January 24, 2023
IRS allows private foundation to set aside funds for pending construction project without incurring excise tax on undistributed income
In a private letter ruling (PLR 202302014), the IRS has approved a private foundation's request to establish a "set-aside" under IRC Section 4942(g)(2) so that funds the foundation retains to spend on a future construction renovation project will not be subject to the 30% excise tax on undistributed income under IRC Section 4942.
The mission of the private foundation (Foundation) is to provide space for writers and visual artists to work without interruption. This space includes residencies where artists may live and work for certain periods. Before the COVID-19 pandemic, the Foundation had launched plans to convert certain property to residential use, hiring an architect and general contractor. The local government for the area in which the project is located informed the Foundation that variances would be required, which slowed progress. The COVID-19 pandemic caused further delays, though the foundation "worked diligently to comply with the requirements of the … town planner and to obtain the various permits required," the PLR states.
The Foundation had applied for a building permit and planned to begin construction once the permit is granted. Further, the Foundation indicated that it already paid a certain amount of money to architects, surveyors, landscapers, attorneys, appraisers and the general contractor. Finally, the Foundation indicated that it intended to pay out certain charitable set-asides for project-related costs within 60 months after making the first set-aside.
IRC Section 4942 imposes a 30% excise tax on the undistributed income of most domestic private foundations. However, a private foundation can avoid the excise tax on undistributed income if an amount set aside for a specific project is treated as a qualifying distribution under IRC Section 4942(g)(2)(A). A private foundation may meet the qualifying distribution requirement by establishing that the set-aside amount will be paid within 60 months of the time of the set-aside and the project can be better accomplished by setting the funds aside than by paying them out immediately.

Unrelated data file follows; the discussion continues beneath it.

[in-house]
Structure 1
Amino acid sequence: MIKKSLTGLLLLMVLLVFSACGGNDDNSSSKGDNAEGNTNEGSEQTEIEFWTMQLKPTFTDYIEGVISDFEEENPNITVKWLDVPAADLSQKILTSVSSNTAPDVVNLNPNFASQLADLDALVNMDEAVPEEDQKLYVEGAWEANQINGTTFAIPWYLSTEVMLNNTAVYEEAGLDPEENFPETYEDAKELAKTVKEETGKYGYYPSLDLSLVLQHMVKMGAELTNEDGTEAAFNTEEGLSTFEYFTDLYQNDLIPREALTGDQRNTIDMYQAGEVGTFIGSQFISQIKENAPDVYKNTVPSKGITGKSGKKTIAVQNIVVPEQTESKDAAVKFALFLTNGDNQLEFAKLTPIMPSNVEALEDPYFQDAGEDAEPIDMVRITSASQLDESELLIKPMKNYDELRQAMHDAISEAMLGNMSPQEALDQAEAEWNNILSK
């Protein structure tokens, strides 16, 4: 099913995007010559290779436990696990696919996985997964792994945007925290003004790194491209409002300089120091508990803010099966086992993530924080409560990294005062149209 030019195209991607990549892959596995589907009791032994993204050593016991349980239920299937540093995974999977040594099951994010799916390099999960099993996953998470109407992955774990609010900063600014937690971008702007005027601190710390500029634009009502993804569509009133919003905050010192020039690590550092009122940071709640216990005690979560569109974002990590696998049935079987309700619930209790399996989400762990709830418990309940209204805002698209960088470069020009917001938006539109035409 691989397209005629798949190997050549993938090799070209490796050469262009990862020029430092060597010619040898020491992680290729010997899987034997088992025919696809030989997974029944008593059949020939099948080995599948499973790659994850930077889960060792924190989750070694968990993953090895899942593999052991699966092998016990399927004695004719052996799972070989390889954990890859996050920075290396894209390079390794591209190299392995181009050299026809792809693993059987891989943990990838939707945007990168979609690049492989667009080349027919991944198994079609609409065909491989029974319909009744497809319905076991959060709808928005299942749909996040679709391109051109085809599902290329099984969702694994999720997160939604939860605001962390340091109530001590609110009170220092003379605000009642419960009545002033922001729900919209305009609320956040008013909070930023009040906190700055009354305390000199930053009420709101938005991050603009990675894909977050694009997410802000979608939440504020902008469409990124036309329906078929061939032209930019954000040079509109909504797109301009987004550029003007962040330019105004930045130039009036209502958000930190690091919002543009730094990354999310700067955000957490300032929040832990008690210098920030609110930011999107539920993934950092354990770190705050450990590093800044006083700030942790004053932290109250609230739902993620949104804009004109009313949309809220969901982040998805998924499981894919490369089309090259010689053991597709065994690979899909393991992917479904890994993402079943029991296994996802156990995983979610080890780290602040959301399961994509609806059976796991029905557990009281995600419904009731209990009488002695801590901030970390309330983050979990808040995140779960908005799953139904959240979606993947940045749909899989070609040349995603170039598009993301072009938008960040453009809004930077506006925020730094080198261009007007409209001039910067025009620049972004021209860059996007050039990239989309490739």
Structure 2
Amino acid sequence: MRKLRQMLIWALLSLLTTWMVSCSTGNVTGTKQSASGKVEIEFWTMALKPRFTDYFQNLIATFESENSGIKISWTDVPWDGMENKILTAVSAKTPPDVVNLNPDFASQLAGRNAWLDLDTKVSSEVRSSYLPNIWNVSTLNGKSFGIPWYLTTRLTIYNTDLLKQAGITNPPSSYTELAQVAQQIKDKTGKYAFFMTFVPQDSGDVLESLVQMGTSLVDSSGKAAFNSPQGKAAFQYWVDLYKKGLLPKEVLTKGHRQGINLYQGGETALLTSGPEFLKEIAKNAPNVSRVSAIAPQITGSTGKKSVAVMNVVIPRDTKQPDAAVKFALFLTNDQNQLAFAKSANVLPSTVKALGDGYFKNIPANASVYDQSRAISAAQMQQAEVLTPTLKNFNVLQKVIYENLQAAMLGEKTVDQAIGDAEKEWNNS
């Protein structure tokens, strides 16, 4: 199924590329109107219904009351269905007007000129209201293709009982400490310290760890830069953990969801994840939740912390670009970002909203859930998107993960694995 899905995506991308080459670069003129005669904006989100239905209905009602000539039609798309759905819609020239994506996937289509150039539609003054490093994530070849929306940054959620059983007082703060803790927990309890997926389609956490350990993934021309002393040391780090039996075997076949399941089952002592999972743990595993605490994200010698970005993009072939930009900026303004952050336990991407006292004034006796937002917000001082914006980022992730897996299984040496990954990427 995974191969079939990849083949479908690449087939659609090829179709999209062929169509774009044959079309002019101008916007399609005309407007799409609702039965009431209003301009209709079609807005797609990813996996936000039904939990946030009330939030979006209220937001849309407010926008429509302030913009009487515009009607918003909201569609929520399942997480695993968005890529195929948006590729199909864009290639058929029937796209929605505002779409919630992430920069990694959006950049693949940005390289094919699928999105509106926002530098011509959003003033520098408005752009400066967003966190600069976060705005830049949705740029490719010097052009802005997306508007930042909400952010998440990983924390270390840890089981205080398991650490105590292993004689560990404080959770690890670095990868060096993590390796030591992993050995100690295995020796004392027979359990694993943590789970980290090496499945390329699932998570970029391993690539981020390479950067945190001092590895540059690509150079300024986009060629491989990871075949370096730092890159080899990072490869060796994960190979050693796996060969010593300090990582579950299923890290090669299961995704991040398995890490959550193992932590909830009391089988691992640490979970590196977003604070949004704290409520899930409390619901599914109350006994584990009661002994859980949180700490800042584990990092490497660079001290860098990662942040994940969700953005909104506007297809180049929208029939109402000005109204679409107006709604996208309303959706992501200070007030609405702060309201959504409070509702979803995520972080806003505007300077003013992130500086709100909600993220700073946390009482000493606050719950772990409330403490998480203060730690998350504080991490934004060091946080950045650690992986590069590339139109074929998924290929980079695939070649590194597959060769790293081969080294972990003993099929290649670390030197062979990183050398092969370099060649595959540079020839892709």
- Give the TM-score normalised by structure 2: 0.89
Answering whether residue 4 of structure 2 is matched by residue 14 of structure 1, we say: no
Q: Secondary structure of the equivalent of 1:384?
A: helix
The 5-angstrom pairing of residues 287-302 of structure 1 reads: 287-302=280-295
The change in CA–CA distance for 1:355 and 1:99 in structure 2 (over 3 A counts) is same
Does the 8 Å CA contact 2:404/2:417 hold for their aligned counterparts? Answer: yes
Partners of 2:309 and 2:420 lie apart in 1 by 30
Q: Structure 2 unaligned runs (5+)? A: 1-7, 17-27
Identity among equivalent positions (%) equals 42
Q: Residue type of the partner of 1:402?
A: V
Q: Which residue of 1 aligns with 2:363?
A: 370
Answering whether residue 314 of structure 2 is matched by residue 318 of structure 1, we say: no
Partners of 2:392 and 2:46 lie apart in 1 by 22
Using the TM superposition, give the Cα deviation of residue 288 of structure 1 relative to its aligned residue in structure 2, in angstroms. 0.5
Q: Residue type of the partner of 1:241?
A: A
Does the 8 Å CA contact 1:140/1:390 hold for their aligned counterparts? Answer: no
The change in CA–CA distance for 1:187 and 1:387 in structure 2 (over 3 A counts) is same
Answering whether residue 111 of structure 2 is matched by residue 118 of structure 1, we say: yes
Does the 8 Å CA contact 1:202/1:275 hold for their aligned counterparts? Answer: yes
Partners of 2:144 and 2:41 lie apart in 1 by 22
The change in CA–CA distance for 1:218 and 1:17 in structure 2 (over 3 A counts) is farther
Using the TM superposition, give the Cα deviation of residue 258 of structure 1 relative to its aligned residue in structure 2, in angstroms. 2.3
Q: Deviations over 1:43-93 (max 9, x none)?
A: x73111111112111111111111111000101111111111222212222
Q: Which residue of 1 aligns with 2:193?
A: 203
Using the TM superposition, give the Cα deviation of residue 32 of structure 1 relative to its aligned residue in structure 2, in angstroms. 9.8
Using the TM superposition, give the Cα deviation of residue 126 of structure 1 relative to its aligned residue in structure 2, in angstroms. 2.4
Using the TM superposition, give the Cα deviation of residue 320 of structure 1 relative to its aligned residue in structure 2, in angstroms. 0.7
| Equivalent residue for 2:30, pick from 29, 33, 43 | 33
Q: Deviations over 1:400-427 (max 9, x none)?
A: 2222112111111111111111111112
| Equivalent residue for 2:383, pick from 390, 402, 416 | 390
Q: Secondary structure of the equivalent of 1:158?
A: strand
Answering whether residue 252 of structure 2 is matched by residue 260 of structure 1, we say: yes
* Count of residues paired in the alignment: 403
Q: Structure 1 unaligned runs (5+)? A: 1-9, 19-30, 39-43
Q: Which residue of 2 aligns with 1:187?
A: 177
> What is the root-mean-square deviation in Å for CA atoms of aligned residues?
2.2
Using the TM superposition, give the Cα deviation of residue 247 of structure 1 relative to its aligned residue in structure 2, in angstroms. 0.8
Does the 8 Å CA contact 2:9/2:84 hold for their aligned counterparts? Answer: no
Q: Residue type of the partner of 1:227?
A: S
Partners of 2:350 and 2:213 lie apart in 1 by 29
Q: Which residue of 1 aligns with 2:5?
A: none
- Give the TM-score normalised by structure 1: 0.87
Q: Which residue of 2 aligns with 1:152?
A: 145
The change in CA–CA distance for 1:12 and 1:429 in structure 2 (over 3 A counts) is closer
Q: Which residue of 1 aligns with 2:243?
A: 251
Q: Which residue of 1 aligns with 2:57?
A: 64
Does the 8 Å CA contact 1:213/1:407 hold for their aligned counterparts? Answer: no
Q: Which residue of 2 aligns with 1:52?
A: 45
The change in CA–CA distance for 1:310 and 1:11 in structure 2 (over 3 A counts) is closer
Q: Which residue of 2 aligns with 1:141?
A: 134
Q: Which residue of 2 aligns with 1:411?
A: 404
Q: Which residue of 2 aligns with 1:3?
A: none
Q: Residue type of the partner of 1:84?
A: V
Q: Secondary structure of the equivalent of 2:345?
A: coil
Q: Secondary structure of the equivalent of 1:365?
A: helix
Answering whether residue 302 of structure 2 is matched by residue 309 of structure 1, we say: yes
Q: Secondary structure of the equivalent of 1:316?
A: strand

Noting that "it would be imprudent … to prepay funds to contractors and professionals for work that has not commenced" and that using set-asides would allow the foundation "to maximize control over the project, with the goal of achieving a better result," the IRS ruled that the set-aside was permissible and would not result in adverse tax consequences.
The ruling directs the foundation to:
This private letter ruling serves as a reminder for private foundations to consider whether certain funds may qualify for set-aside treatment. Although set-aside rulings are somewhat rare, organizations should review the specific facts in available PLRs (such as PLR 202302014) and evaluate whether they may benefit from and qualify for set-aside treatment.
Please contact your Ernst & Young tax professional with any questions.
Published by NTD’s Tax Technical Knowledge Services group; Carolyn Wright, legal editor